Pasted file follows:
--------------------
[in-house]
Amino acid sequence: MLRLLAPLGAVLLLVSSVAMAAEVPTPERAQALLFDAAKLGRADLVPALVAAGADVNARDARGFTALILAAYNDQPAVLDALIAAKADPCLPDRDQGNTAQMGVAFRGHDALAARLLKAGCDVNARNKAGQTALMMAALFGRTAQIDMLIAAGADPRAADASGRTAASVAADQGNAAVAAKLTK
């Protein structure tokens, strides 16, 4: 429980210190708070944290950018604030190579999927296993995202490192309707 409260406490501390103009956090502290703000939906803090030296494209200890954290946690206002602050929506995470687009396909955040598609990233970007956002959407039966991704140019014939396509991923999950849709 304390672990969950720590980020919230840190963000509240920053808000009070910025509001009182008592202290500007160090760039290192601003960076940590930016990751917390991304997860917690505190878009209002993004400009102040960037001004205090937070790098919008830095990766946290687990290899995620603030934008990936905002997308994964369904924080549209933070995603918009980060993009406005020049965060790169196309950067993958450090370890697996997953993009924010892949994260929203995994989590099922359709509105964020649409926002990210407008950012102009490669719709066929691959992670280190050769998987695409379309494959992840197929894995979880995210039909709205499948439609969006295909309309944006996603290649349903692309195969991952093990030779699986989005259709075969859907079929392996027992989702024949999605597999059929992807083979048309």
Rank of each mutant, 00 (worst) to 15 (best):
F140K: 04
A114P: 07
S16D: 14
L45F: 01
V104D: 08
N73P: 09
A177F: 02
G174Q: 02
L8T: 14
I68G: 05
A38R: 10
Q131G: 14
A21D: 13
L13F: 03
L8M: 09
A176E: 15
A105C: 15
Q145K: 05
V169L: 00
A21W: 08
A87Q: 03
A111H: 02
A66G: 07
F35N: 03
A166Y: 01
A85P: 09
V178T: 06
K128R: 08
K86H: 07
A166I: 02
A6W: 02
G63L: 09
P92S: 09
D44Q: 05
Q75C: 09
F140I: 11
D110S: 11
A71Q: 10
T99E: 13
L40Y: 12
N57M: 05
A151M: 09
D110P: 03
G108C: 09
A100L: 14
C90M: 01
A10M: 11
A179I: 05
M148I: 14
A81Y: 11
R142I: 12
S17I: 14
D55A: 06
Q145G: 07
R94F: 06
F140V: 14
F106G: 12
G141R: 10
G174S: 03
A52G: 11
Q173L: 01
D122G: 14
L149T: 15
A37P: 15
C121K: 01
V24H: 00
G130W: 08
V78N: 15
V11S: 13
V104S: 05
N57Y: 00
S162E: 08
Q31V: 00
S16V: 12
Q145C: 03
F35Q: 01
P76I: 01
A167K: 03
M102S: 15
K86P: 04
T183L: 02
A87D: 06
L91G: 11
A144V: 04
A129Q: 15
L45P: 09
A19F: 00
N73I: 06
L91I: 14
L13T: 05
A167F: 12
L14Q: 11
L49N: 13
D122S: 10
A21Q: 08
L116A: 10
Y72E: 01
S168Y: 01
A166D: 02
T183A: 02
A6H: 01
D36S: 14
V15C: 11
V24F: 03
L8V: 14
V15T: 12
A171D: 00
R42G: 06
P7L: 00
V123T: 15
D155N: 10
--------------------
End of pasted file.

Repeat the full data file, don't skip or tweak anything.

[in-house]
Amino acid sequence: MLRLLAPLGAVLLLVSSVAMAAEVPTPERAQALLFDAAKLGRADLVPALVAAGADVNARDARGFTALILAAYNDQPAVLDALIAAKADPCLPDRDQGNTAQMGVAFRGHDALAARLLKAGCDVNARNKAGQTALMMAALFGRTAQIDMLIAAGADPRAADASGRTAASVAADQGNAAVAAKLTK
């Protein structure tokens, strides 16, 4: 429980210190708070944290950018604030190579999927296993995202490192309707 409260406490501390103009956090502290703000939906803090030296494209200890954290946690206002602050929506995470687009396909955040598609990233970007956002959407039966991704140019014939396509991923999950849709 304390672990969950720590980020919230840190963000509240920053808000009070910025509001009182008592202290500007160090760039290192601003960076940590930016990751917390991304997860917690505190878009209002993004400009102040960037001004205090937070790098919008830095990766946290687990290899995620603030934008990936905002997308994964369904924080549209933070995603918009980060993009406005020049965060790169196309950067993958450090370890697996997953993009924010892949994260929203995994989590099922359709509105964020649409926002990210407008950012102009490669719709066929691959992670280190050769998987695409379309494959992840197929894995979880995210039909709205499948439609969006295909309309944006996603290649349903692309195969991952093990030779699986989005259709075969859907079929392996027992989702024949999605597999059929992807083979048309």
Rank of each mutant, 00 (worst) to 15 (best):
F140K: 04
A114P: 07
S16D: 14
L45F: 01
V104D: 08
N73P: 09
A177F: 02
G174Q: 02
L8T: 14
I68G: 05
A38R: 10
Q131G: 14
A21D: 13
L13F: 03
L8M: 09
A176E: 15
A105C: 15
Q145K: 05
V169L: 00
A21W: 08
A87Q: 03
A111H: 02
A66G: 07
F35N: 03
A166Y: 01
A85P: 09
V178T: 06
K128R: 08
K86H: 07
A166I: 02
A6W: 02
G63L: 09
P92S: 09
D44Q: 05
Q75C: 09
F140I: 11
D110S: 11
A71Q: 10
T99E: 13
L40Y: 12
N57M: 05
A151M: 09
D110P: 03
G108C: 09
A100L: 14
C90M: 01
A10M: 11
A179I: 05
M148I: 14
A81Y: 11
R142I: 12
S17I: 14
D55A: 06
Q145G: 07
R94F: 06
F140V: 14
F106G: 12
G141R: 10
G174S: 03
A52G: 11
Q173L: 01
D122G: 14
L149T: 15
A37P: 15
C121K: 01
V24H: 00
G130W: 08
V78N: 15
V11S: 13
V104S: 05
N57Y: 00
S162E: 08
Q31V: 00
S16V: 12
Q145C: 03
F35Q: 01
P76I: 01
A167K: 03
M102S: 15
K86P: 04
T183L: 02
A87D: 06
L91G: 11
A144V: 04
A129Q: 15
L45P: 09
A19F: 00
N73I: 06
L91I: 14
L13T: 05
A167F: 12
L14Q: 11
L49N: 13
D122S: 10
A21Q: 08
L116A: 10
Y72E: 01
S168Y: 01
A166D: 02
T183A: 02
A6H: 01
D36S: 14
V15C: 11
V24F: 03
L8V: 14
V15T: 12
A171D: 00
R42G: 06
P7L: 00
V123T: 15
D155N: 10